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Israeli press review: Ex-generals appeal to right-wing parties for upcoming elections

From Israel's forthcoming elections to Ireland advancing boycott bill, here are stories making rounds in Israeli press
Former Defense Minister Moshe Ya’alon (AFP/file photo)

Ex-generals seek alliance of centrist and right wing parties for elections

Former Defense Minister and Telem party leader Moshe Ya’alon has expressed interest in forming an alliance with right-wing and centrist political parties in the upcoming elections for Israeli parliament, according to the right-wing news site Srugim.

Speaking to a forum of journalists from the national-religious camp, Ya’alon said that he is “calling for political alliances with the right side of the political map as well”. The Jewish Home party and the New Right party were specifically mentioned as potential suitors, the Srugim report said.

Israeli Resilience party leader Benny Gantz – like Ya’alon, a former Israeli army chief of staff – has also been exploring other political alliances in talks with Avi Nissenkorn, the chair of the Histadrut, Israel’s largest trade union. According to a recent poll, Gantz’s party stands to become the second-largest in the Knesset – accruing 15 seats. However, the poll says that Netanyahu’s ruling Likud party is projected to have 31 seats.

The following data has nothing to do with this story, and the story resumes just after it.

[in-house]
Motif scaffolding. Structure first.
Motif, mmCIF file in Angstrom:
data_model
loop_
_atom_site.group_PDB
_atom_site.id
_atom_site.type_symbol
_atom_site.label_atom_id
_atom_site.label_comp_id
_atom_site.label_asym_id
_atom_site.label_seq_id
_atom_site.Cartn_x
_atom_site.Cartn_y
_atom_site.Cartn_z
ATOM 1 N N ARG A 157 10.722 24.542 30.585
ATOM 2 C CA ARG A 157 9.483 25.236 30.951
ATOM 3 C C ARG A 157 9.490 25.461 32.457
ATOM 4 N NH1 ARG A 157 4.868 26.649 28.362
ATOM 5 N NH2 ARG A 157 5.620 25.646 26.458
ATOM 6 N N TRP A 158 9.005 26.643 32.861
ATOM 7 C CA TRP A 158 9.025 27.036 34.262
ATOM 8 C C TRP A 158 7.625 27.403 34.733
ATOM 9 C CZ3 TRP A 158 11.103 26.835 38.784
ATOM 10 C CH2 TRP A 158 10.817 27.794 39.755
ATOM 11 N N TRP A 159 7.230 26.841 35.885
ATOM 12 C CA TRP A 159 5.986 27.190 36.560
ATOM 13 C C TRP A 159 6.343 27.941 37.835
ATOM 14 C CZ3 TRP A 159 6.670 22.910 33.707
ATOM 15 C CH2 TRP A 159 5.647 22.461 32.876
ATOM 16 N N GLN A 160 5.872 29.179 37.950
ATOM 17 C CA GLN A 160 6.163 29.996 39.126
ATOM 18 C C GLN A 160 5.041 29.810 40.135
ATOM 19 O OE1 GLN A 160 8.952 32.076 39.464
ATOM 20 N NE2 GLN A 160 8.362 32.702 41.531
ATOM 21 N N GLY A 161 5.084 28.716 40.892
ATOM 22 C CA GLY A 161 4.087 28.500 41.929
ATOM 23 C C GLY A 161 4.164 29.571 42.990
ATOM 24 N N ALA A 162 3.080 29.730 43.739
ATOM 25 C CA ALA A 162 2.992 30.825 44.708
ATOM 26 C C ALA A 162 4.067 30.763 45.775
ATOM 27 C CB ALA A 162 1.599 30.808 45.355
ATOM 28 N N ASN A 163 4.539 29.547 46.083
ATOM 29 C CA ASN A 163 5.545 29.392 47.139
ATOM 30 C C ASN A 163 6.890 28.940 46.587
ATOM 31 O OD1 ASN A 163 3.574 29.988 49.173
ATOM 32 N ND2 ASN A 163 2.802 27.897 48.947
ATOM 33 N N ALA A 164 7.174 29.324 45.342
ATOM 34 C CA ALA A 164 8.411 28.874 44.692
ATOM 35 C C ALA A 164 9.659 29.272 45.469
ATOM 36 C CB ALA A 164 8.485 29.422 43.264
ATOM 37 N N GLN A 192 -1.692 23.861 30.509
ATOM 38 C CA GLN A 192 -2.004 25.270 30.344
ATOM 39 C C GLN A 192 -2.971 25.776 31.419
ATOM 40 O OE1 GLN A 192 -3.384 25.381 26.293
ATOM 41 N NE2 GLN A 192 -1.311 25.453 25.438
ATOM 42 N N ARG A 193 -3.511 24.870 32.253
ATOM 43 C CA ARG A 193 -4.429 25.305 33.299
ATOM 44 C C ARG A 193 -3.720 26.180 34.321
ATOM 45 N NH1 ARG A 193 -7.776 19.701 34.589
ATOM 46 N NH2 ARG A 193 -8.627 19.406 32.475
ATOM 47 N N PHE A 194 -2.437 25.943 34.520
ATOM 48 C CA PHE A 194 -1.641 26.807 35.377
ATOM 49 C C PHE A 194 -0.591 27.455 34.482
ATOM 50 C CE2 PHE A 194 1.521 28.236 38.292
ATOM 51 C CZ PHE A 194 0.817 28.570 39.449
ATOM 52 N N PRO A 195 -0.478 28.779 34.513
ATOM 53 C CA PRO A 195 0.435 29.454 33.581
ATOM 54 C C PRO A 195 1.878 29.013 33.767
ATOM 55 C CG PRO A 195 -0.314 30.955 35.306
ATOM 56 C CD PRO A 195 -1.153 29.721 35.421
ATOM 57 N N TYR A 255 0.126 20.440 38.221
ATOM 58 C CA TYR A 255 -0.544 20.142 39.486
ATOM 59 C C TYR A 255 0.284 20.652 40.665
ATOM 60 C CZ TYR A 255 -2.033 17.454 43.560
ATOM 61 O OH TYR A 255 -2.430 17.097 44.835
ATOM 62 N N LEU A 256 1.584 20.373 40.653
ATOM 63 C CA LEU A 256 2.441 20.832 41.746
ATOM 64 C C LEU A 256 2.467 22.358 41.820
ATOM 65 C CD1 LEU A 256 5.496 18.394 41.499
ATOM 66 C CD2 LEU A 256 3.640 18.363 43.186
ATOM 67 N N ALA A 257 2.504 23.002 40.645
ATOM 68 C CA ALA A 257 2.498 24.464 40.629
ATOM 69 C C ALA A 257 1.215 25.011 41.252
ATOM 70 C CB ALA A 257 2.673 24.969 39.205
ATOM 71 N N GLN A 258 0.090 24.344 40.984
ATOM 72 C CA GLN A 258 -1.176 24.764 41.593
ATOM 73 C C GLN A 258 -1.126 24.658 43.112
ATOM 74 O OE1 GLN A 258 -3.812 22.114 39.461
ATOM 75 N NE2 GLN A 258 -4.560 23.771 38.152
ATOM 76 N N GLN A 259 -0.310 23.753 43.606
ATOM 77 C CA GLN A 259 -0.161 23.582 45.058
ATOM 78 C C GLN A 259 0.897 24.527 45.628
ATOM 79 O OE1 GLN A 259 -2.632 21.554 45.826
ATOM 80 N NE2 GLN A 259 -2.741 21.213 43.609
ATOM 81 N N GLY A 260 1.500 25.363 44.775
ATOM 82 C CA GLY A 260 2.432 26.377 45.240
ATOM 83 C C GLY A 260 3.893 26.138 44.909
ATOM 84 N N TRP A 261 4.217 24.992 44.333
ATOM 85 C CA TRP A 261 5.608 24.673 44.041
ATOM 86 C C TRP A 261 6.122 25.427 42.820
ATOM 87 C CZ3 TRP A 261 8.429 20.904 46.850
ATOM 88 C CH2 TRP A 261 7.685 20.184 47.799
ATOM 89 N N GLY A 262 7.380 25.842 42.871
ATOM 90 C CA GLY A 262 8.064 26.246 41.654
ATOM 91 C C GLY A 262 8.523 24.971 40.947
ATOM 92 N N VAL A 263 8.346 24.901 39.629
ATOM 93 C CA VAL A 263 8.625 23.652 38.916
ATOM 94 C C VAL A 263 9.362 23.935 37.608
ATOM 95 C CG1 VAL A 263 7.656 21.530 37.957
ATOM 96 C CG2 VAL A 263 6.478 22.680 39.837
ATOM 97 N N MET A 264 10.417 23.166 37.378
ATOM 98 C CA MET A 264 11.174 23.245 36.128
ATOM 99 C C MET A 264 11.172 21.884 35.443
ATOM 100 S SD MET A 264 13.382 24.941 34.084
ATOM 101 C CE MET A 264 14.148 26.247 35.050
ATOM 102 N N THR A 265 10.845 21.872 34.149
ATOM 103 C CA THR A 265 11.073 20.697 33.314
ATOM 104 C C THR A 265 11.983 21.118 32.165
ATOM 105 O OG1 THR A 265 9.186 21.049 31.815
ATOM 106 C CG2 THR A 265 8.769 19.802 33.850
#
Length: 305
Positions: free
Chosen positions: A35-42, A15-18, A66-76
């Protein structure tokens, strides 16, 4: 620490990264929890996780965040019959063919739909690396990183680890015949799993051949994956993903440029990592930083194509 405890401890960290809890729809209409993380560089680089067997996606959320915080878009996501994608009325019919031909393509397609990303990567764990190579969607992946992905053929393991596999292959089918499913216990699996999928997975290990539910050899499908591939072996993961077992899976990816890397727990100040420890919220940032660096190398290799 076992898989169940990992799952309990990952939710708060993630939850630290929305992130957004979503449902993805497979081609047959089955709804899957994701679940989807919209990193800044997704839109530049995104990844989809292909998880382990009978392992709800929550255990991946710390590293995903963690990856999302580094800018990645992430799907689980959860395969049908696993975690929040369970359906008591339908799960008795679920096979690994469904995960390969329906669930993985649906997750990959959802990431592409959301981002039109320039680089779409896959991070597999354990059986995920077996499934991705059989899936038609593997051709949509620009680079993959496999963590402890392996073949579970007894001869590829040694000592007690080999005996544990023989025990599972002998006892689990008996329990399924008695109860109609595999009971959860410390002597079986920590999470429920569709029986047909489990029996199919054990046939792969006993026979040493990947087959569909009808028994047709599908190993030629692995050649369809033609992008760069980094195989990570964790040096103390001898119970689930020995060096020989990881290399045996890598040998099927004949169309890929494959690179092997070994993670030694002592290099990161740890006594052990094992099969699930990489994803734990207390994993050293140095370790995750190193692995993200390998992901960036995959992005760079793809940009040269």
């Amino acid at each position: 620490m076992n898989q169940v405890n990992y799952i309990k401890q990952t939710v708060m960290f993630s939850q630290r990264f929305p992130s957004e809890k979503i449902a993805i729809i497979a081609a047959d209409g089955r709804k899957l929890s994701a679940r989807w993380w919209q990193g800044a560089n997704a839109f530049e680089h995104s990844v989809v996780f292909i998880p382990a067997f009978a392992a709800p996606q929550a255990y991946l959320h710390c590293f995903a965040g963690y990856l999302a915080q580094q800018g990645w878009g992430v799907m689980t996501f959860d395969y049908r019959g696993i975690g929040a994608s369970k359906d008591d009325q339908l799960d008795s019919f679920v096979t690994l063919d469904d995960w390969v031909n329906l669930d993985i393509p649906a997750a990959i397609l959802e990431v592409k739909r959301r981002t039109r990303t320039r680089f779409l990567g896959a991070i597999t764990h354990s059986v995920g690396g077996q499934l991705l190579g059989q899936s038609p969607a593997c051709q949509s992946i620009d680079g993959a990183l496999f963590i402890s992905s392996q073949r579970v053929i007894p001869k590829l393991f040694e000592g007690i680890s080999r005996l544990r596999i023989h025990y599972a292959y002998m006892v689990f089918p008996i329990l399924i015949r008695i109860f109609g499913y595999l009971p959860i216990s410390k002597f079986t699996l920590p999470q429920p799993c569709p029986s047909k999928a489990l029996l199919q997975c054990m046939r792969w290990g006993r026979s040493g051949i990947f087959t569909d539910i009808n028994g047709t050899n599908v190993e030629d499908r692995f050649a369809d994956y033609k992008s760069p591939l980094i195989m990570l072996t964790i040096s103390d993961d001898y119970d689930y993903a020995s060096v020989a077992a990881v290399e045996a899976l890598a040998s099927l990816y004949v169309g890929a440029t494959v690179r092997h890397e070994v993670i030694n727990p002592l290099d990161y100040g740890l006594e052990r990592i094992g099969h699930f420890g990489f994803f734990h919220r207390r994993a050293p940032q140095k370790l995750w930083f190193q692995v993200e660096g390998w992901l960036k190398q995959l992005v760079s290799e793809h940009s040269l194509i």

The two generals-turned-politicians, Gantz and Ya’alon, have also also discussed the possibility of uniting and running for parliament on a single slate.

Protests outside minister’s home over police slaying

About 20 protesters demonstrated outside the home of Minister of Public Security Gilad Erdan over the police shooting of a citizen last weekend, the left-leaning Local Call reported.

The crowd reportedly chanted, “Skin color is not probable cause”, alleging that Israeli police are more likely to use lethal force against people of color.

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The small demonstration comes after police shot 24-year-old Yehuda Biadga in the Tel Aviv suburb of Bat Yam last Friday. Biadga’s family had called police to the scene and warned them that their son suffered from post-traumatic stress related to his army service and that he was carrying a knife.

“The minister did not condemn the killing, the officer who shot is still at his job. The mainstream media just takes the police’s press releases and publishes them,” said activist Efrat Yerday, herself an Israeli of Ethiopian descent.

“We want the police to defend us and to stop seeing us as criminals from birth. When I walk in the street and I see a police officer, my body contorts,” she told Local Call.

Earlier in the week, a Local Call investigation revealed that there have been fourteen incidents of police officers shooting and killing citizens in the past five years, and that in every one of those instances, the shooters were not indicted.

Their report also mentioned that all of the shooting victims were either non-Jews, people of color, or both: nine of the victims were Palestinian citizens of Israel, four were Israeli Jews of Arab descent, and one – the most recent victim – was a black Israeli Jew.